Our home is approx. 120 years old and has nine doors using the glass
doorknobs with threaded spindles. The problem is that with time, the
knobs pull off the spindle and no amount of resetting and tightening
the set screw on the knob will keep them in place for longer than a
week or so.
At one point I wrapped a few rounds of teflon plumbers' tape around
the spindle thinking that it might increase the diameter enough to
create a better hold. This lasted a few weeks longer than usual but
eventually the knob pulled off the spindle.
I'm tempted to wrap some epoxy resin putty around the spindles for a
permanent solution but shudder at the thought of ever having to
replace them. Does anyone have a better solution?
Are the threads in either the knob, on the spindle or both worn to the
point where the knob just pushes on? If so, your f***ed onless you can
replace both from someplace like Restoration Hardware. The set screws
are not designed to hold the knobs, just prevent them from turning.
Rich Greenberg Marietta, GA, USA richgr atsign panix.com + 1 770 321 6507
Eastern time. N6LRT I speak for myself & my dogs only. VM\'er since CP-67
No, even replacement sets from local hardware stores fall off after a
couple of weeks.
One solution, albeit very expensive, would be to buy ones identical to
what our hardware stores sell, from architectural antique hardware
sites. (We're in Canada so there's the exchange rate as well as the
extra cost of shipping and Customs duties to consider.)
Then there's no guarantee that they'll be any better than what I've
I'm not sure I understand your problem. When you say " No, even
replacement sets from local hardware stores fall off after a couple of
weeks." do you mean that your are replacing the spindle and both door
knobs? If that's what you mean then you need to figure out why the threads
Basically the spindle is a bolt and the door knob is a nut. What you
describe sounds as if the thread of the "nut" or the "bolt" is failing
within a couple of weeks. This would be most odd.
If you mean that the knobs unscrew and come off and the replacement set
is a new setscrew then the setscrew thread in the doorknob is stripped. Get
a tap and a slightly larger diameter setscrew.
Dave M. .......
I can buy recently made glass door knobs and spindle in a set from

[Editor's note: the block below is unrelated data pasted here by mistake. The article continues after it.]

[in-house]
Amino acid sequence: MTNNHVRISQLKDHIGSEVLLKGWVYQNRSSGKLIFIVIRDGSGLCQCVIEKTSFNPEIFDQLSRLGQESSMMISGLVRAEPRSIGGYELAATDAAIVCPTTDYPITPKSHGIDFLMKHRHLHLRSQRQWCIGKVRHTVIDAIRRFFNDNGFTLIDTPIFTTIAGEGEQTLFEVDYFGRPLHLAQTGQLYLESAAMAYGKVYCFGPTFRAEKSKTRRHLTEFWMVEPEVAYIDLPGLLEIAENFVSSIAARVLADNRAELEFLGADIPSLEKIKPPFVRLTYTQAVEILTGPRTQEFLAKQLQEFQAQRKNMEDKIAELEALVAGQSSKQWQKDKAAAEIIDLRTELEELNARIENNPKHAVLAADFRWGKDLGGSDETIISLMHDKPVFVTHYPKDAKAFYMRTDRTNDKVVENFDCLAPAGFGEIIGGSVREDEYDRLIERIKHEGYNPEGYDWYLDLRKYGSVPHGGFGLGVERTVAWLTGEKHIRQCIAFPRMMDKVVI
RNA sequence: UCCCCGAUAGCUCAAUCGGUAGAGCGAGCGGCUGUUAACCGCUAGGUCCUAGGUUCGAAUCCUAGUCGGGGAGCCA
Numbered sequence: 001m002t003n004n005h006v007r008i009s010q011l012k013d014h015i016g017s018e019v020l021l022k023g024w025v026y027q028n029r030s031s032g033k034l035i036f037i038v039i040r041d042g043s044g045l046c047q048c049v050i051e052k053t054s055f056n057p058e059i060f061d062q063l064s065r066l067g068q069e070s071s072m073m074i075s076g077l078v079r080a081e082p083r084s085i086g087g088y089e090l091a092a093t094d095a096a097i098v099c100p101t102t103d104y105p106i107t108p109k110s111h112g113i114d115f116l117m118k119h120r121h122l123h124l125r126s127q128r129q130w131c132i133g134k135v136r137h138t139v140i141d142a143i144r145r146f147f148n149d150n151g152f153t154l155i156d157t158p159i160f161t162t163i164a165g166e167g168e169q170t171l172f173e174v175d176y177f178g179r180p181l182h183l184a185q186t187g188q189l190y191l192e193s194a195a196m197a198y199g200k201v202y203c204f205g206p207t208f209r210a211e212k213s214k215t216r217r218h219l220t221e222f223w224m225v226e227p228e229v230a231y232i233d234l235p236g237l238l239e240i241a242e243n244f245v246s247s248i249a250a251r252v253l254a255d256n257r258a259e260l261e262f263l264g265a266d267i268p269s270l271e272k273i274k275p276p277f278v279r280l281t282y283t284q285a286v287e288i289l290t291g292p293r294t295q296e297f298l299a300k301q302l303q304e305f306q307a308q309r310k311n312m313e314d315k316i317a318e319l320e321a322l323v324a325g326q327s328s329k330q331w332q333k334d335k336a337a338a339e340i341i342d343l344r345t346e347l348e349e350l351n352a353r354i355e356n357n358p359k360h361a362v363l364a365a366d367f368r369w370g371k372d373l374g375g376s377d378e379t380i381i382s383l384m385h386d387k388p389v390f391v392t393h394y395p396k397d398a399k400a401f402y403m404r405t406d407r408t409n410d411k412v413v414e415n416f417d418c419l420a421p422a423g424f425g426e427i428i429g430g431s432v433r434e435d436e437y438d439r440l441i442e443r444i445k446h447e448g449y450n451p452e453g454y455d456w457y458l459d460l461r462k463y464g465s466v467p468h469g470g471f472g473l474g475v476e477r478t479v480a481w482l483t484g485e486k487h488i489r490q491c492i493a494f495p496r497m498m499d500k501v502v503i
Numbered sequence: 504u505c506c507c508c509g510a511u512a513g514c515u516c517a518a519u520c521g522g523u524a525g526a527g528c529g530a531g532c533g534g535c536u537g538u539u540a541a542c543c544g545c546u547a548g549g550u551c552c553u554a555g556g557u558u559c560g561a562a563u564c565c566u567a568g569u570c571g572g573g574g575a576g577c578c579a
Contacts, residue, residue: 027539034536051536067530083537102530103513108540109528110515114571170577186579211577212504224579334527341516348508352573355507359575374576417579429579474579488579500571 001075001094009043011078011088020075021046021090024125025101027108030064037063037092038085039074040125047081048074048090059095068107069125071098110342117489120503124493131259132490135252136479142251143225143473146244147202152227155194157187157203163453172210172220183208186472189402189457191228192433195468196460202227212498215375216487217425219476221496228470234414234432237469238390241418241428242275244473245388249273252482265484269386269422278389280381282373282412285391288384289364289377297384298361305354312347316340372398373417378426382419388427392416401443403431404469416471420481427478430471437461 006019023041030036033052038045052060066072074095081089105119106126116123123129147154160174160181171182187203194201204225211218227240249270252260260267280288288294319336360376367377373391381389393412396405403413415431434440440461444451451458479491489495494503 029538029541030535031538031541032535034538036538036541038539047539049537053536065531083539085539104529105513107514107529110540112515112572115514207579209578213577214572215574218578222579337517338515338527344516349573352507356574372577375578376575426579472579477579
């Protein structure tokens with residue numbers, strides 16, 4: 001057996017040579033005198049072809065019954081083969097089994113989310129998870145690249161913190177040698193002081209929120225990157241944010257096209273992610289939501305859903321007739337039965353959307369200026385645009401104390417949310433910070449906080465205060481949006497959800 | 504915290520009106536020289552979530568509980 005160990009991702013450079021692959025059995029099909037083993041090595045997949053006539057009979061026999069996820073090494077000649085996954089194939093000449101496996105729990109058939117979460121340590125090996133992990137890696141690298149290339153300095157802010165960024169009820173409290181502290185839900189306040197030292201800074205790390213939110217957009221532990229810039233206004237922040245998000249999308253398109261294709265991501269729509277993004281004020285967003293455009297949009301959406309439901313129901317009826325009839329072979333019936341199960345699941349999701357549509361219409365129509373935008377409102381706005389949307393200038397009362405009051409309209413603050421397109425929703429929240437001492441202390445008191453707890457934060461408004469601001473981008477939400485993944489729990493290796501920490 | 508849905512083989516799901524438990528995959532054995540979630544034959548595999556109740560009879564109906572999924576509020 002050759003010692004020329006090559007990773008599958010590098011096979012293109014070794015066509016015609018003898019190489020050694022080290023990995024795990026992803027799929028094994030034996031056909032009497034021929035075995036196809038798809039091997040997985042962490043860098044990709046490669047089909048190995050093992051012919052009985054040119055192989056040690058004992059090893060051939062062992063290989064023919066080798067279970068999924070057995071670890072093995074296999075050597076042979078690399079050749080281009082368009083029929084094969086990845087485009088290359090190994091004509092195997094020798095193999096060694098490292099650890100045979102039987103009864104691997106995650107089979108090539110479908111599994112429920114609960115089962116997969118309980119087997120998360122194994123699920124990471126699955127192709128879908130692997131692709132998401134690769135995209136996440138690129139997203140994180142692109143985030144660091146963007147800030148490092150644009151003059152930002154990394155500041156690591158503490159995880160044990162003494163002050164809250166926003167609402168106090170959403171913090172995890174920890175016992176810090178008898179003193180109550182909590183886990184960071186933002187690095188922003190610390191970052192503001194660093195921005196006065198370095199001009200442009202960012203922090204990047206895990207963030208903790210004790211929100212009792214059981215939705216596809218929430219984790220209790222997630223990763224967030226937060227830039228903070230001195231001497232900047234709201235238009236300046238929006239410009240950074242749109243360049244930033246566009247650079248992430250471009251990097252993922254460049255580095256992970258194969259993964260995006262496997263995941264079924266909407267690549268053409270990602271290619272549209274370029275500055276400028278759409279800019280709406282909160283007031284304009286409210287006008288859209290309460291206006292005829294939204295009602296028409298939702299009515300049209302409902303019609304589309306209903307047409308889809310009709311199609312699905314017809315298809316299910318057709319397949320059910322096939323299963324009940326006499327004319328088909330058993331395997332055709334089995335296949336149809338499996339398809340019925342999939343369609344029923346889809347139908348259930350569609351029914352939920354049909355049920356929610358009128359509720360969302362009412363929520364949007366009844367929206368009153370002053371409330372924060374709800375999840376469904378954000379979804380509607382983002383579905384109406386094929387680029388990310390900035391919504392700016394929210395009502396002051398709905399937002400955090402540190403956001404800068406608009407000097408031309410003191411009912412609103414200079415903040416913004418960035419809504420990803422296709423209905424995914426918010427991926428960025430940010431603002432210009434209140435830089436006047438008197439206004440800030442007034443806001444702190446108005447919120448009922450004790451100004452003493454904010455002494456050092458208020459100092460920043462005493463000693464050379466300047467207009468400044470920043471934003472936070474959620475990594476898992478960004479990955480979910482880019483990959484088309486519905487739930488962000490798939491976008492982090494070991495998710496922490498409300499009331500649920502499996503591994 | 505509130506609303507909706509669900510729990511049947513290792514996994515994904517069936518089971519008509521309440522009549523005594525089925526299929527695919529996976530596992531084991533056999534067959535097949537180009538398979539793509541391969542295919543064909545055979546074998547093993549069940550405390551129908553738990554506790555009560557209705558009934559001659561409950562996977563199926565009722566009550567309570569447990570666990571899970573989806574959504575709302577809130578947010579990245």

local hardware stores that are identical to those sold by
architectural antique hardware suppliers, for around the same price.
I'll buy a new set, screw on the knob making sure that it's in the
right position so the set screw will be in contact with a flat side of
the spindle, and tighten the set screw. After a few weeks, the knob
rattles around in the door and after another week, if I pull on the
knob, it will come off in my hands leaving the spindle and knob on the
other side, in place. So I'll screw the knob back on, tighten the set
screw and two weeks later the knob slides off the spindle again.
I don't think the threads are failing, it looks as if there is a
fraction of a millimetre too much space between the threads of the
spindle and those inside the knob.
Loctite sounds like a great idea. I'll give it a try before epoxy
resin as a last resort.
Many thanks too all for their help, I do appreciate it.
The set screw pushes the spindle against the knob threads. Unless it
is an entirely wrong and sloppy fit or the threads are stripped, that's
You would regret using epoxy. If it didn't work, or for whatever
reason you wanted to change something, refinish the door, whatever,
you'd have to cut off the knob and ruin the knob, escutheon and
spindle. Use the Loctite and move on to the next battle.
Loctite threadlocking adhesive. Don't use the red, it's way too strong
for your needs. Use the green, it's made for set screws and such.
I tried it on 1 and did the other 14. I took apart the set, brought the
set screw to a machine shop and picked up some with same thread but
slightly longer. I bored out the spindle deep and wide enough to take
the new set screw. So in through the door handle and into the spindle
where it was bored out - perfect and no more "jiggley" that the couple
around the house that don't fall off.
Take a business card, and cut a strip about 3/8 inch wide. Put that into the
knob hole, and then thread the knob on. Tighten with screw. Rip the last of
the cardboard off.
works for awhile. Thats' what I do.
HomeOwnersHub.com is a website for homeowners and building and maintenance pros. It is not affiliated with any of the manufacturers or service providers discussed here.
All logos and trade names are the property of their respective owners.